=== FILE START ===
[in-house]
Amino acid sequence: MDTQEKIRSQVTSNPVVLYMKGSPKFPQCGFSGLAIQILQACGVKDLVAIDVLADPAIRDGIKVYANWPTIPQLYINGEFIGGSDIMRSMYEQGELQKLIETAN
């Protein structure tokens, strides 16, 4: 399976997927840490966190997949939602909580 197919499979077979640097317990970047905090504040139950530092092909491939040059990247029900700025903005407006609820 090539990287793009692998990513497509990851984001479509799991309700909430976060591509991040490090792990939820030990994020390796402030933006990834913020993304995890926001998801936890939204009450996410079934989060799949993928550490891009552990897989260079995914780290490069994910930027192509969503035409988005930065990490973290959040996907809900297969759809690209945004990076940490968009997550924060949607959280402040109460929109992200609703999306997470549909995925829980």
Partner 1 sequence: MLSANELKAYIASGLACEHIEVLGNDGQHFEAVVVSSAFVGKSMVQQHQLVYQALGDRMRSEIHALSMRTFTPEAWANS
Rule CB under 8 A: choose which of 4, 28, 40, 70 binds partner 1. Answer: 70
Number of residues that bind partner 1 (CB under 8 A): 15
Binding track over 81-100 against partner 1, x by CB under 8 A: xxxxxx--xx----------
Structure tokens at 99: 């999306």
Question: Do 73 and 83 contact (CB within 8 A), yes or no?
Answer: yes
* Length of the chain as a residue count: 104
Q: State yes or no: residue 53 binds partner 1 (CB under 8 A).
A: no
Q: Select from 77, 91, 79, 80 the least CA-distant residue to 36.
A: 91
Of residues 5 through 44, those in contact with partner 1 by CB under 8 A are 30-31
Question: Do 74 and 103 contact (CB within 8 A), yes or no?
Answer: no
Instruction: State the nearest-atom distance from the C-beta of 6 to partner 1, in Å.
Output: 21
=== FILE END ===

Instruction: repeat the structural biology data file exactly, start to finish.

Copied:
[in-house]
Amino acid sequence: MDTQEKIRSQVTSNPVVLYMKGSPKFPQCGFSGLAIQILQACGVKDLVAIDVLADPAIRDGIKVYANWPTIPQLYINGEFIGGSDIMRSMYEQGELQKLIETAN
């Protein structure tokens, strides 16, 4: 399976997927840490966190997949939602909580 197919499979077979640097317990970047905090504040139950530092092909491939040059990247029900700025903005407006609820 090539990287793009692998990513497509990851984001479509799991309700909430976060591509991040490090792990939820030990994020390796402030933006990834913020993304995890926001998801936890939204009450996410079934989060799949993928550490891009552990897989260079995914780290490069994910930027192509969503035409988005930065990490973290959040996907809900297969759809690209945004990076940490968009997550924060949607959280402040109460929109992200609703999306997470549909995925829980």
Partner 1 sequence: MLSANELKAYIASGLACEHIEVLGNDGQHFEAVVVSSAFVGKSMVQQHQLVYQALGDRMRSEIHALSMRTFTPEAWANS
Rule CB under 8 A: choose which of 4, 28, 40, 70 binds partner 1. Answer: 70
Number of residues that bind partner 1 (CB under 8 A): 15
Binding track over 81-100 against partner 1, x by CB under 8 A: xxxxxx--xx----------
Structure tokens at 99: 């999306």
Question: Do 73 and 83 contact (CB within 8 A), yes or no?
Answer: yes
* Length of the chain as a residue count: 104
Q: State yes or no: residue 53 binds partner 1 (CB under 8 A).
A: no
Q: Select from 77, 91, 79, 80 the least CA-distant residue to 36.
A: 91
Of residues 5 through 44, those in contact with partner 1 by CB under 8 A are 30-31
Question: Do 74 and 103 contact (CB within 8 A), yes or no?
Answer: no
Instruction: State the nearest-atom distance from the C-beta of 6 to partner 1, in Å.
Output: 21